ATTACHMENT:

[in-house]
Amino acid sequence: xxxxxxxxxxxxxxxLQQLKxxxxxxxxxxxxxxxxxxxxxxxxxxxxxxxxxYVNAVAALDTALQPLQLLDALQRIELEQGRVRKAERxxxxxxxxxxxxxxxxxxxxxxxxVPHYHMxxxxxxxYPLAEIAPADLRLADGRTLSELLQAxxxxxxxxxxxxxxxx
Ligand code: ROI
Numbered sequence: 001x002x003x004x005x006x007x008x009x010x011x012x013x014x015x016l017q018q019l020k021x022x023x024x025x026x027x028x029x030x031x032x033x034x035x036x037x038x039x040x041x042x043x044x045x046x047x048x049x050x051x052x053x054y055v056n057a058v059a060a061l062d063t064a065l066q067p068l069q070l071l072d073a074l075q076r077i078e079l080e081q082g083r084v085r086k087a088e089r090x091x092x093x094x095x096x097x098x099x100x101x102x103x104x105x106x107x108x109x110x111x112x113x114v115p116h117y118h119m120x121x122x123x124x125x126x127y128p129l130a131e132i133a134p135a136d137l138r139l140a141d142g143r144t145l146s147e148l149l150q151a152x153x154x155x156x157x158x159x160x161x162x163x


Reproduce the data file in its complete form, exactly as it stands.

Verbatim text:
[in-house]
Amino acid sequence: xxxxxxxxxxxxxxxLQQLKxxxxxxxxxxxxxxxxxxxxxxxxxxxxxxxxxYVNAVAALDTALQPLQLLDALQRIELEQGRVRKAERxxxxxxxxxxxxxxxxxxxxxxxxVPHYHMxxxxxxxYPLAEIAPADLRLADGRTLSELLQAxxxxxxxxxxxxxxxx
Ligand code: ROI
Numbered sequence: 001x002x003x004x005x006x007x008x009x010x011x012x013x014x015x016l017q018q019l020k021x022x023x024x025x026x027x028x029x030x031x032x033x034x035x036x037x038x039x040x041x042x043x044x045x046x047x048x049x050x051x052x053x054y055v056n057a058v059a060a061l062d063t064a065l066q067p068l069q070l071l072d073a074l075q076r077i078e079l080e081q082g083r084v085r086k087a088e089r090x091x092x093x094x095x096x097x098x099x100x101x102x103x104x105x106x107x108x109x110x111x112x113x114v115p116h117y118h119m120x121x122x123x124x125x126x127y128p129l130a131e132i133a134p135a136d137l138r139l140a141d142g143r144t145l146s147e148l149l150q151a152x153x154x155x156x157x158x159x160x161x162x163x